I'd be willing to bet that teenagers, sex offenders, burglars and kids are not browsing a.h.r. looking for ways to break into houses or will suddenly decide to simply because they stumbled upon the idea while reading a thread about using a "saws-all" (sic) to cut off a door knob.
In fact, I'd be willing to bet that 2 out of those 4 groups aren't even reading a.h.r.
I'll leave to you to figure out which 2 might be.
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I first heard of "bump keys" on a local TV news program. then I searched wiki and what I found really worried me. the Net is a powerful tool,but it can be misused by the criminally inclined.
this quote applies to more than just firearms,replace "guns" with information;
"To ban guns because criminals use them is to tell the innocent and law-abiding that their rights and liberties depend not on their own conduct, but on the conduct of the guilty and the lawless, and that the law will permit them to have only such rights and liberties as the lawless will allow... For society does not control crime, ever, by forcing the law-abiding to accommodate themselves to the expected behavior of criminals. Society controls crime by forcing the criminals to accommodate themselves to the expected behavior of the law-abiding." ---------- Jeff Snyder
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Jim Yanik
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On Dec 22, 5:04pm, "Stormin Mormon"

They probably already know . Perhaps the best solution to his problem is call the neighborhood juvenile delinquent. :)
Harry K
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We got locked out of a rented condo last summer - at midnight. The deadbolt worked but the knob lock wouldn't.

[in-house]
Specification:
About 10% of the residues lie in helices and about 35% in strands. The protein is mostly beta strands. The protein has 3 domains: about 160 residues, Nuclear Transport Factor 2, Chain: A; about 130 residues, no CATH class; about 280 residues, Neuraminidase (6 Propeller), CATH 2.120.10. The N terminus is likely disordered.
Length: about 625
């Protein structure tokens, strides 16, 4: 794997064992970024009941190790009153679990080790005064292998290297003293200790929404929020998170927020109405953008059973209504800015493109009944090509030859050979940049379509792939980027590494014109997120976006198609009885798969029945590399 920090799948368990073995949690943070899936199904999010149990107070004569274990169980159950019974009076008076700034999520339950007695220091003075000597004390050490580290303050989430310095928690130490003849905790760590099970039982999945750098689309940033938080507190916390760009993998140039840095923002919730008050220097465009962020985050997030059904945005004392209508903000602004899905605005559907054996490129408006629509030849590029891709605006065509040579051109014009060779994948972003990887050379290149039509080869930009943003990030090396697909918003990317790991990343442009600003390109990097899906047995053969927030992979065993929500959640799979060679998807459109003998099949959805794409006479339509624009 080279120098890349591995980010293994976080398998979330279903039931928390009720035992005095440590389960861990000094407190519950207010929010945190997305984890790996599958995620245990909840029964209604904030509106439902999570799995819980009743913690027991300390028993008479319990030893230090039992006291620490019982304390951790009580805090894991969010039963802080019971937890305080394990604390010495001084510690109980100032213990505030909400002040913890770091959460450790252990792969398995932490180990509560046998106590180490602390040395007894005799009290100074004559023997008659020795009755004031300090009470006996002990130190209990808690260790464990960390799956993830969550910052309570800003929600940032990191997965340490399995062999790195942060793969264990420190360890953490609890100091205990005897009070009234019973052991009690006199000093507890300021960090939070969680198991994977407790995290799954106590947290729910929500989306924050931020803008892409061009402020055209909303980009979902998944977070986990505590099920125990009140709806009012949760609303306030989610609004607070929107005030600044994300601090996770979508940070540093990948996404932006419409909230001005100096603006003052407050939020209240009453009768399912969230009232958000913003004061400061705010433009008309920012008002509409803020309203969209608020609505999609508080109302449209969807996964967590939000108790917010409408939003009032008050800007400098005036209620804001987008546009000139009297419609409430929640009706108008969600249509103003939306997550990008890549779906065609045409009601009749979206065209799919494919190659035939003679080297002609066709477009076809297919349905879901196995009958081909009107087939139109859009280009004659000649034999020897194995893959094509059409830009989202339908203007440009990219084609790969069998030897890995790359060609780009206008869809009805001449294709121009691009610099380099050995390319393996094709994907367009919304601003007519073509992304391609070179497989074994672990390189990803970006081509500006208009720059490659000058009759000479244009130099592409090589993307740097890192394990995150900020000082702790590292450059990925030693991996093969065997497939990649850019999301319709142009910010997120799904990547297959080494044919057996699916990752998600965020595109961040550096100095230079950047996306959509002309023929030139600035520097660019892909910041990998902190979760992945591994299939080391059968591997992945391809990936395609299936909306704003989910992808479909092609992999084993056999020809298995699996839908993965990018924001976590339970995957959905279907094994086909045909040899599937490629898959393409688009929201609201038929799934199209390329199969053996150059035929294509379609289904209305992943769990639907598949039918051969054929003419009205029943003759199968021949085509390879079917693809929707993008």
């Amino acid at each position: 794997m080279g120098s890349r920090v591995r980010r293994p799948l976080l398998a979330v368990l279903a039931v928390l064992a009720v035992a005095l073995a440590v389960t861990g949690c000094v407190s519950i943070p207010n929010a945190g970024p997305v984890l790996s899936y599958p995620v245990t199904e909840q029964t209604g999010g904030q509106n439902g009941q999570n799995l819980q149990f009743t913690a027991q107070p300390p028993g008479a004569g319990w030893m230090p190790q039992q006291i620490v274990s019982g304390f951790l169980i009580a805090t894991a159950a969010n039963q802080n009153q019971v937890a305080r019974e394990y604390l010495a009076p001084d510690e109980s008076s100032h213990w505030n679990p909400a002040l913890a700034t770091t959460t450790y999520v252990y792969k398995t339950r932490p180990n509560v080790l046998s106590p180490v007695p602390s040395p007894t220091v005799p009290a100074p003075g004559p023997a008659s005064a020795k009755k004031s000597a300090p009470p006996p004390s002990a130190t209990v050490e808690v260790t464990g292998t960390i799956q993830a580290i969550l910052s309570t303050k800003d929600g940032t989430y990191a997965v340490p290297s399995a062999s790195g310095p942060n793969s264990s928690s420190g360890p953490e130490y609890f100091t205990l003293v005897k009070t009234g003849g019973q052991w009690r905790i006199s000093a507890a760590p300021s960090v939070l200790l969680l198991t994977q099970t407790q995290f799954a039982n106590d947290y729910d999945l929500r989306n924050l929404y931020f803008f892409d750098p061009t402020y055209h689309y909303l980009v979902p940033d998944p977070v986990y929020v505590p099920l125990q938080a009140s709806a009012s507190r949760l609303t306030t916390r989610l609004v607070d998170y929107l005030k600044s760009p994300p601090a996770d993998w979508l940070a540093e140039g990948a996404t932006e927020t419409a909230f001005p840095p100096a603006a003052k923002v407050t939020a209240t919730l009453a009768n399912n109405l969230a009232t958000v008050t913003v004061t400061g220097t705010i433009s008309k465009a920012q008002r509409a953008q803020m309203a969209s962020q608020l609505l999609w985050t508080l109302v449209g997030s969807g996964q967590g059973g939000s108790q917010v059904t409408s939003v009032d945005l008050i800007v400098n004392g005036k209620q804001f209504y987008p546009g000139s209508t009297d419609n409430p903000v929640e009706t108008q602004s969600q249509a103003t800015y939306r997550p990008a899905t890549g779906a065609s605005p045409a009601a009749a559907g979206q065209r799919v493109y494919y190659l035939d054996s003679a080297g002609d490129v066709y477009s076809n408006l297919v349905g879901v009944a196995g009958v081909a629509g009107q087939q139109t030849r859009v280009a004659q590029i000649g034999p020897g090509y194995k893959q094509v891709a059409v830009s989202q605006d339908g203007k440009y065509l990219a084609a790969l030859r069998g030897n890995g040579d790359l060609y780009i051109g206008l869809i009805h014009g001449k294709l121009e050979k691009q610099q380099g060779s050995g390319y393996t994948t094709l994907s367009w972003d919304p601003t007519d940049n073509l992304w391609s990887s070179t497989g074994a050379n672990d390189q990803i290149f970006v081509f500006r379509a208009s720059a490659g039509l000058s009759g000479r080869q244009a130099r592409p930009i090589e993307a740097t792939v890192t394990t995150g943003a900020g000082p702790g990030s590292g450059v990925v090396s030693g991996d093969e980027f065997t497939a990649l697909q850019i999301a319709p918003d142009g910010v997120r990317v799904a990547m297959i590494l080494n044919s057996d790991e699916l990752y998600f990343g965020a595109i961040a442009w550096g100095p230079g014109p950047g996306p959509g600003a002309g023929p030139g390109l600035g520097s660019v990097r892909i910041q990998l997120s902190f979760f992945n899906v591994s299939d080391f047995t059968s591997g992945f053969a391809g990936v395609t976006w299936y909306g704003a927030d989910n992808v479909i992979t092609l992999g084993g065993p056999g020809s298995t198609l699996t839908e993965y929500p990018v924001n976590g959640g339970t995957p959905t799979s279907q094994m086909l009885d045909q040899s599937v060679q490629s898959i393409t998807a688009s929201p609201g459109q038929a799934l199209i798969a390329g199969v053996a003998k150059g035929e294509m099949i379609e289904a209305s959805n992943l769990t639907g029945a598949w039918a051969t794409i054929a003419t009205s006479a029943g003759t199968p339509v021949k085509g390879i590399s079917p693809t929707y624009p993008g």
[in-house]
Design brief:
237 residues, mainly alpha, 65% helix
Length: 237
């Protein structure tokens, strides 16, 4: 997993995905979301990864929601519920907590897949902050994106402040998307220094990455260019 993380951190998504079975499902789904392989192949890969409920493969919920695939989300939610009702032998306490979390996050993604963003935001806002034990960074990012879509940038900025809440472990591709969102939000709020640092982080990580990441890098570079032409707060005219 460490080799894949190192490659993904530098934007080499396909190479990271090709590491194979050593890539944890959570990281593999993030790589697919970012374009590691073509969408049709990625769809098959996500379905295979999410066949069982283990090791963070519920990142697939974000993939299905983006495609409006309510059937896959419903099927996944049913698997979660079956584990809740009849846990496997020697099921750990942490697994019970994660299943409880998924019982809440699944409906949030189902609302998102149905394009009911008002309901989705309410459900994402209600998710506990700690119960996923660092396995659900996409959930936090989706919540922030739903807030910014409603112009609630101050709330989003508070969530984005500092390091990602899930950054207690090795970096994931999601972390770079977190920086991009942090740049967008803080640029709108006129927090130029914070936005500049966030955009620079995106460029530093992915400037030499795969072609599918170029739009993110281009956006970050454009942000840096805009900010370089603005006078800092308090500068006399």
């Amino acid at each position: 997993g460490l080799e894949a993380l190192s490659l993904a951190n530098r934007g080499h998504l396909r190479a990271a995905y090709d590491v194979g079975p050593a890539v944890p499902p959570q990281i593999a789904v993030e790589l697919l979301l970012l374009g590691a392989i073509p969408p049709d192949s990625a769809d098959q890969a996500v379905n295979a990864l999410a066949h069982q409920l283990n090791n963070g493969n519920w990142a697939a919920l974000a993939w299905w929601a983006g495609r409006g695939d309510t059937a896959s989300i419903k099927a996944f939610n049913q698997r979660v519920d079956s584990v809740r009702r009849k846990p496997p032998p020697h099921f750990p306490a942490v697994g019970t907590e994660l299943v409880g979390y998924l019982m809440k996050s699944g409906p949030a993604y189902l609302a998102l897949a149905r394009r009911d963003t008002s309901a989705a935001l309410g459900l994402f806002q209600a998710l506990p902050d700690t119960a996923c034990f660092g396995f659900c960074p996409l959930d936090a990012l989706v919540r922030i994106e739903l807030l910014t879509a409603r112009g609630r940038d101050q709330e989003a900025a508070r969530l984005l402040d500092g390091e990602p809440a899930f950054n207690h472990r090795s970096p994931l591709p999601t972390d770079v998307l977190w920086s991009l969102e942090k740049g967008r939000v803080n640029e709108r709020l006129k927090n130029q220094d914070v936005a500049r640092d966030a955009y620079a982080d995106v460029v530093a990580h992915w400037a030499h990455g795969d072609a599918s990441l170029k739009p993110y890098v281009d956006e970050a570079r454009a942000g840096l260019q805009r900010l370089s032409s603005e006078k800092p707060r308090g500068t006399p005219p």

The locksmith drilled through the keyhole then used a pair of pliers to unceremoniously rip the innards out of the lock until he could grab the latch bolt and pull it towards the hinge side to open the door.
$182 later the condo had a new knob, keyed to the original.
Of course, first I had to convince the guy that all the proof I had that I was actually renting the condo was locked *inside* and that I would show it to him as soon as he opened the door. One locksmith company refused to come out unless I could proof to them - beforehand - that I was allowed inside.
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On Wed, 22 Dec 2010 11:29:58 -0800, DerbyDad03 wrote:

OMG! That's a GREAT idea! Even easier than the saws-all!
I don't care about the lock (I will replace it anyway because it's too much trouble having a lock on this particular door) but that's a GREAT IDEA!
Much better than a saws-all. I wonder what size. My biggest drill bit is probably a 3/8" (for my 3/8" drill chuck) ... do you think that's large enough?
Note: I have wood bits (that flat type) that are larger but I don't think they will work.
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Harold Lathom wrote:

when i had a door that i needed to open, the locksmith just took a large pipe wrench and twisted it off, then reached in and pulled the latch manually.
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BTDT, but with ViseGrips. If the knob was fancy enough to have the rotating outer sleeve on the skinny part, I'd just start grabbing chunks out of the knob itself. and peel it. I'd rather buy a new lockset than trash the door or frame, if making entry wasn't urgent.